Mr. Beake, agent for St. Christophers, attending, as he had been desired, the Board took into consideration his memorial, praying that a supply of cannon and other stores of war may be sent to that Island, read the 16th inst.; and after some discourse with him concerning the necessity of sending the said stores to that Island, gave directions for acquainting Lieut. Gen. Mathew with the Board's desire of speaking with him upon this subject to-morrow morning, about 12 o'clock.
Mr. Wilks, agent for the Massachusetts Bay, Mr. Partridge, agent for Rhode Island, Mr. Belcher, Mr. Furie, agent for Carolina, Mr. Sharpe and Mr. Paris, attending, according to appointment, with several other gentlemen trading to the northern colonies, they presented to the Board the several answers of the Colonies of the Massachusetts Bay, New York, New Jersey, Connecticut, Rhode Island and Providence plantation to the representations of the Islands of Barbadoes, St. Christophers and Antigua, complaining of the trade carried on between the northern colonies and the French and Dutch plantations, mentioned in the Minutes of the 7th inst., which were read, and the Board resolved to consider further thereof at another opportunity.
A memorial from Mr. Partridge, praying that he may have the copy of a memorial transmitted to this Board, touching the proceedings of the General Assembly of Rhode Island, was read, and a copy thereof was ordered to be given to him accordingly.
A letter from Mr. Carkesse, dated the 17th, returning the several proposals to prevent the running of wool, sent to him the 15th inst., and signifying the Commissioners of the Customs' desire of being excused from considering the said proposals, was read.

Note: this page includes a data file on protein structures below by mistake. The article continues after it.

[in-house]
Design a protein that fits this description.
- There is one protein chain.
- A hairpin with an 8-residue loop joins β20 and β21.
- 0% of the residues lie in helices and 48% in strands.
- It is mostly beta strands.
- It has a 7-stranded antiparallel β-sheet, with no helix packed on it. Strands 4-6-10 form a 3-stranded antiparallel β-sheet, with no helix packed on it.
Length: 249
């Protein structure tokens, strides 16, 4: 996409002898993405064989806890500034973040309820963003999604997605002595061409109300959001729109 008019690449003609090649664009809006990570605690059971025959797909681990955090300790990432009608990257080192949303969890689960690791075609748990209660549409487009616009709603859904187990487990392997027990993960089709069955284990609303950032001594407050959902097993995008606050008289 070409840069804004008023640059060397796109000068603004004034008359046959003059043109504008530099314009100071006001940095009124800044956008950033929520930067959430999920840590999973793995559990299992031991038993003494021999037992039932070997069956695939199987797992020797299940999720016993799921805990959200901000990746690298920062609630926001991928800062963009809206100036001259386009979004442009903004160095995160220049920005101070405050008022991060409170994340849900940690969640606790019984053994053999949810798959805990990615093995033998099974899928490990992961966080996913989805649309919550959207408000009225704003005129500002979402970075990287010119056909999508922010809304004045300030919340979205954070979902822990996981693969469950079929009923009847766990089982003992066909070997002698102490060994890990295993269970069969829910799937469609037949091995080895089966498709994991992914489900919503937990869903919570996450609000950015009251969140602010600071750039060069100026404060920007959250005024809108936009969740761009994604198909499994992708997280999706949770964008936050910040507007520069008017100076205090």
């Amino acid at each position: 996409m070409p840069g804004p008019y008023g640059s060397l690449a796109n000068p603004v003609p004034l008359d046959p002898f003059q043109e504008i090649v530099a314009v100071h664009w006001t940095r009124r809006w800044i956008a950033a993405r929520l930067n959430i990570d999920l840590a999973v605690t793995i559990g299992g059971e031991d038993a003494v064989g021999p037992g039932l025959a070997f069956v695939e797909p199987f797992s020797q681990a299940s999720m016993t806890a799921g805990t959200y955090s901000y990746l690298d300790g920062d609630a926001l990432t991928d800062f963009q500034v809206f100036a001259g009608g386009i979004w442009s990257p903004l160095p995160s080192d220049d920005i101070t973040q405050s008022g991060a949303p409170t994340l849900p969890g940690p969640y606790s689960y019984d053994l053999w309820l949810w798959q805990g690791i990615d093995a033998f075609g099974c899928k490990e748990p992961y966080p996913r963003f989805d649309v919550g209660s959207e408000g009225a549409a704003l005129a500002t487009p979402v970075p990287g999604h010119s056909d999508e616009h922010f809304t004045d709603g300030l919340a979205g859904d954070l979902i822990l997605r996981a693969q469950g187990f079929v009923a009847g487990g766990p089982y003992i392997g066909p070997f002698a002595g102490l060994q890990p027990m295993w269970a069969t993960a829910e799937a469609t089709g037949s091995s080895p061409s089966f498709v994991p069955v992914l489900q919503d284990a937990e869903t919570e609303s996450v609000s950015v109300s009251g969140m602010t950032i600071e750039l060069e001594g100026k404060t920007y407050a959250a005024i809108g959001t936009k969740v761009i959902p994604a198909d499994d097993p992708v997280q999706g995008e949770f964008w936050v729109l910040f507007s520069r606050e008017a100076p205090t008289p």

General Mathew, Lieut. Gov. of St. Christophers, attending, as he had been desired, with Mr. Beake, the agent of that Island, the Board took again into consideration Mr. Beake's memorial praying that a supply of cannon and other stores of war may be sent to that Island, mentioned in yesterday's Minutes, and after some discourse with Gen. Mathew upon it, he was desired to let the Board have in writing his opinion how far the said stores of war were necessary to be sent to that Island, which he promised accordingly.
A letter from Mr. Burchet, dated the 15th inst., (in answer to one wrote to him the 26th of October last, which enclosed an exemplification of a case tried and heard before the Vice Admiralty Court in New England, as also the Act of Appeal thereupon to the Admiralty Court here), with the opinion of the Lords of the Admiralty, that the prosecution of this appeal ought to be carried on by the direction of the Lords of the Treasury, was read; ordered that a copy thereof be sent to Mr. Scope.
Mr. Yeamans, agent for Antigua, and one of the Council of that Island, attending, he acquainted the Board, that he should have occasion to remain some years in England, and therefore desired to resign his seat in that Council to John Duer, Esq., a gentleman of a good estate in Antigua, and every way qualified for that station; the Board agreeing thereto, gave directions for preparing the draught of a representation accordingly.
A letter from Gen. Mathew, dated this day, relating to the sending of stores of war to St. Christophers, was read, and the Board taking Mr. Beake's memorial again into consideration, praying that a supply of cannon and other stores of war may be sent to that Island, a representation in favour thereof was agreed and signed.
The report to the Lords of the Committee, upon their Lordships' order, dated the 14th, referring to this Board some points, relating to a charter for establishing colonies in South Carolina, read the 17th inst., was agreed and signed.